Showing posts from May, 2014

Greenpeace makes move on Arctic drillers

B. McPherson
Greenpeace activists made a couple of bold moves this week in their efforts to save the Arctic from oil pollution. They have boarded two vessels that were on their way to drill during the short Arctic summer.
The drill rig GSP Saturn was boarded when it was in a Netherlands harbour, preventing its departure to drill for the Russian firm Gazprom. You may remember that when the Greenpeace activists attempted to board a drill rig once it was drilling in the Arctic, they were arrested and their ship was impounded. Many were kept in questionable circumstances until Russian president Putin pardoned them just before the Winter Olympics and just before seizing the Crimean Peninsula. This time, the move was made in Europe where the courts are more hospitable to defenders of the environment.
The other vessel boarded was the Norwegian Transocean Spitsbergen owned by Statoil. It is stationed in the Barents Sea.
It is believed that a bonanza of oil lies beneath the Arctic Ocean. Whi…

HRW Exposes American Tobacco Fields Use of Child Labour

B. McPherson

Human Rights Watch has issued a report exposing the plight of child farm workers on America’s tobacco farms. Children as young as seven  have been found working  in the tobacco industry.  As HRW points out in its May report Tobacco’s Hidden Children the law in the States prohibits the purchase and consumption of tobacco products to those under 18, but allows field workers as young as 12 to work tobacco. The usual age for the children to begin work in the fields is 13, usually to help the family earn enough to live.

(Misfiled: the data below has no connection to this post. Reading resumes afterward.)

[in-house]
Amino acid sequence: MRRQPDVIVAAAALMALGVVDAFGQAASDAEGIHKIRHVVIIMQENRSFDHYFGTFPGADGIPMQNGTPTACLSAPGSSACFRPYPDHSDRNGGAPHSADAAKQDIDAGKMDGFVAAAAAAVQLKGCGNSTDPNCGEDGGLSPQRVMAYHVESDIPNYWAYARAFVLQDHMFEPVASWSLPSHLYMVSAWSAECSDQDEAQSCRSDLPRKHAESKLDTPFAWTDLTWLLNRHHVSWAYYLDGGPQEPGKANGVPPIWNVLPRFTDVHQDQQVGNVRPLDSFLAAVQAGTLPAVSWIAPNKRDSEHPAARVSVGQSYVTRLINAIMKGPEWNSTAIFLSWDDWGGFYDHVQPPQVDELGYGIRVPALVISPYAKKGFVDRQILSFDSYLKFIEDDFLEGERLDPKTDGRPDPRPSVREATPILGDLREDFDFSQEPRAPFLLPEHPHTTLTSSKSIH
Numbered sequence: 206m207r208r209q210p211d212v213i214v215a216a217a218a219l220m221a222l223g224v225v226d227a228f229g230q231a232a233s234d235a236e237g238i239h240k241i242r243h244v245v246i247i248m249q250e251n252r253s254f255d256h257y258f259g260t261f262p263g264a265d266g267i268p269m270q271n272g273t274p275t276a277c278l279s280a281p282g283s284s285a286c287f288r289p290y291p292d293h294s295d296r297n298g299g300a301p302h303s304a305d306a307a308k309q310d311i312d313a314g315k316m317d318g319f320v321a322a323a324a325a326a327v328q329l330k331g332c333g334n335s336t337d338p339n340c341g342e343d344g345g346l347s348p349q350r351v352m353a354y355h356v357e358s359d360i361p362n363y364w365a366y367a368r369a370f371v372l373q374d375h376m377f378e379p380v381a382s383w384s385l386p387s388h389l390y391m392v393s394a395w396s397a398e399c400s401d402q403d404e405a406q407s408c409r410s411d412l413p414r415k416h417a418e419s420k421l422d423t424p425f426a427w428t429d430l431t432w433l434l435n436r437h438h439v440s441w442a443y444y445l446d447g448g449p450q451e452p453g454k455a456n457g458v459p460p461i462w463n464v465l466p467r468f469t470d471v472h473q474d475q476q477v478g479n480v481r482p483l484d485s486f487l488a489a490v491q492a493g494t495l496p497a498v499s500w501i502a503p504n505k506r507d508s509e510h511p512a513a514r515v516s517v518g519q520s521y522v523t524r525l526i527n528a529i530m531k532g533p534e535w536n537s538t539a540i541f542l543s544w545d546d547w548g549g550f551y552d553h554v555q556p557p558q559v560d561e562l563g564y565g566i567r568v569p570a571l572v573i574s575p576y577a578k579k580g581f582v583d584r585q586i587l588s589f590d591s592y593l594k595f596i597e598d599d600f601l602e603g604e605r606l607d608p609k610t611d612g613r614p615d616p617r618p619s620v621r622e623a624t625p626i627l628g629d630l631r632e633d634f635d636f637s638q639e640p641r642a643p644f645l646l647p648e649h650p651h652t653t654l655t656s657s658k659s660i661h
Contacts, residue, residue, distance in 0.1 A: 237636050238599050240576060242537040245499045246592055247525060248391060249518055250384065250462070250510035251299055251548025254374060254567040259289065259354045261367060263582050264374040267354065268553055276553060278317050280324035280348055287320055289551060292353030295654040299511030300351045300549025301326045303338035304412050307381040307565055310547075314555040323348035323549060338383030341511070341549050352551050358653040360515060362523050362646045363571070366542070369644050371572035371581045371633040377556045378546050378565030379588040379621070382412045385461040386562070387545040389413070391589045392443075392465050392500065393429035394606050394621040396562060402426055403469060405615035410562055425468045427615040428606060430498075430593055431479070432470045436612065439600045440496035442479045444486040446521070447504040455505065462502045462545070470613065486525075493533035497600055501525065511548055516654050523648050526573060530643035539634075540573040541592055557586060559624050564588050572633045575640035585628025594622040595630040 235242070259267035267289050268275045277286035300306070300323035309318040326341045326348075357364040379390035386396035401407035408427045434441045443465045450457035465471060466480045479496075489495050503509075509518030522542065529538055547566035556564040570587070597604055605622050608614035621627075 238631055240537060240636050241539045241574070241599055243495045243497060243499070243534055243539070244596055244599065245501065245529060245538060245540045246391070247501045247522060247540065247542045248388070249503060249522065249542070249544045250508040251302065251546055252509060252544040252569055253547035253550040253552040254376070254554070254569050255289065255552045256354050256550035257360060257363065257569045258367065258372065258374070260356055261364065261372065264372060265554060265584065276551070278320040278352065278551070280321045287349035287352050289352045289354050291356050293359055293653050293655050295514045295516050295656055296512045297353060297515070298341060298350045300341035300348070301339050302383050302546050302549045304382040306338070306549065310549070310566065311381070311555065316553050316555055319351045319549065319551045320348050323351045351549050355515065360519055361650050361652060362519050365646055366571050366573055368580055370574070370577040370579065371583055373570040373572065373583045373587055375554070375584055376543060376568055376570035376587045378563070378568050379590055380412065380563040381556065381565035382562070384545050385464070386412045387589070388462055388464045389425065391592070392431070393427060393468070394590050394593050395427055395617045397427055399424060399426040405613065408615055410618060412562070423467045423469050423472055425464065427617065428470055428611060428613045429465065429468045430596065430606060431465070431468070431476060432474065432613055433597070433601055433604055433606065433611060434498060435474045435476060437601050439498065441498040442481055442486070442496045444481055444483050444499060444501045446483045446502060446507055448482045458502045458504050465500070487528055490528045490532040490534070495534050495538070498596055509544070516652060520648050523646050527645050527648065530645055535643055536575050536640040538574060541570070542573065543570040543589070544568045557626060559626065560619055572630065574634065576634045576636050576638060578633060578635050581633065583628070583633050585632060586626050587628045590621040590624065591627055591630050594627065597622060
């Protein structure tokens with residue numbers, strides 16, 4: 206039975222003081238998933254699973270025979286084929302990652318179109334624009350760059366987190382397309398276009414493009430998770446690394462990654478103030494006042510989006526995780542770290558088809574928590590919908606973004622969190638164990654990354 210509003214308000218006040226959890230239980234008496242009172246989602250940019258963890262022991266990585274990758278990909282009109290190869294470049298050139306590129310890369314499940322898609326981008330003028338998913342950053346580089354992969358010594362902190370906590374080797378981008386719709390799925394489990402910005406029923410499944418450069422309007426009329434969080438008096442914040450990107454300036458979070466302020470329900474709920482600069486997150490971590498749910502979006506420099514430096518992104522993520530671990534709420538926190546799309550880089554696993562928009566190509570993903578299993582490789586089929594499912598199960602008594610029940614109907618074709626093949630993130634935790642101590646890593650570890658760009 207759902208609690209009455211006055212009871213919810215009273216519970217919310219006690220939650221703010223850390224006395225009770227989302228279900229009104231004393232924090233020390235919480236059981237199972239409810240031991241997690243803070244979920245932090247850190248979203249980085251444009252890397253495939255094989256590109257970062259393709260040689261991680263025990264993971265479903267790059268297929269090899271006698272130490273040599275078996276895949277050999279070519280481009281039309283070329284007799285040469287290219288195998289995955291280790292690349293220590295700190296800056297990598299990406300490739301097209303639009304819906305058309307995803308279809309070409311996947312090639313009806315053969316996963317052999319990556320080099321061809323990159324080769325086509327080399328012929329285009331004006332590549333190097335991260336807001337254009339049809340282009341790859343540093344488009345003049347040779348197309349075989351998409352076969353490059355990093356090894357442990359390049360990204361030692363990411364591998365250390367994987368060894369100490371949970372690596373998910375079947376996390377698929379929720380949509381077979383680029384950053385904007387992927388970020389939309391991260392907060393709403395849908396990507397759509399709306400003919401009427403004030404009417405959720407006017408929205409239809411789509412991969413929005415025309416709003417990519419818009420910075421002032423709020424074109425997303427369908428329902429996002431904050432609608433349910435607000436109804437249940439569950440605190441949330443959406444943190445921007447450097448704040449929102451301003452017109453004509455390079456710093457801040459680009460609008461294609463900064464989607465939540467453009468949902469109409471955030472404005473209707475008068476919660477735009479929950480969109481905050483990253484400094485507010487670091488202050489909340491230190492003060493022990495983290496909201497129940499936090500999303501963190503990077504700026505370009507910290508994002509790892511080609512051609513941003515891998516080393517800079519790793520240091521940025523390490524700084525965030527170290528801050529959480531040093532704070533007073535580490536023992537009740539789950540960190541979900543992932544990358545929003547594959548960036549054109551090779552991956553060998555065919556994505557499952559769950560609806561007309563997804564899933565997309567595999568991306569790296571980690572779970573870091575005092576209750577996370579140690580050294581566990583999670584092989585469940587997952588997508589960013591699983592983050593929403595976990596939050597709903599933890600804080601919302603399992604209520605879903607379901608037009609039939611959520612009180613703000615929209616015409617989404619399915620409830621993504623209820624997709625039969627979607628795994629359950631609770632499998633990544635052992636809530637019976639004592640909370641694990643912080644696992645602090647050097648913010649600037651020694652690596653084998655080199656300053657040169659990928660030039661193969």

Most children were paid minimum wage for the area, usually $7.25 an hour, but others were paid piecework depending on productivity. Deductions in the pay were made for drinking water or other unexplained reasons.
All tobacco workers are exposed to nicotine and pesticides. A sickness known as Green Tobacco Sickness which causes nausea, vomiting and headaches is consistent with nicotine poisoning. Those youngsters who are still growing and developing are the mos…

CFL’s Dirty Little Secret

B. McPherson
Compact fluorescent light bulbs are in most people’s homes in Europe and Canada. Governments mandated the switch from conventional incandescent light bulbs to the CFLs in order to save electricity. Incandescent bulbs are no longer available for sale.
There was a bit of a hullaballoo about infringement on choice, but generally the old style hot bulbs were consigned to history. Some people bought lifetime supplies of their favorite hot bulbs. They were generally regarded as slightly touched. Perhaps it was ourselves who were.
Environmentalists pointed out that the CFLs contained mercury, a toxic heavy metal. The safe disposal of the new bulbs was going to be a problem. We were assured that there was so little mercury in them that it would never be a problem. Your old light bulbs main hazard was the possibility of broken glass, so wrapping in newspaper and placing in the garbage was sufficient.
In the province where I live, BC, the electrical company advises consumers to ta…

Climate Warming Will Change Our Coastlines

B. McPherson
There continues to be a small minority of people who refuse to recognize the changes in our world’s climate. The change is not consistent world wide, but the trend is towards a warmer world. Because much of our planet is covered by oceans, the ability to plan for a warmer world is extremely important.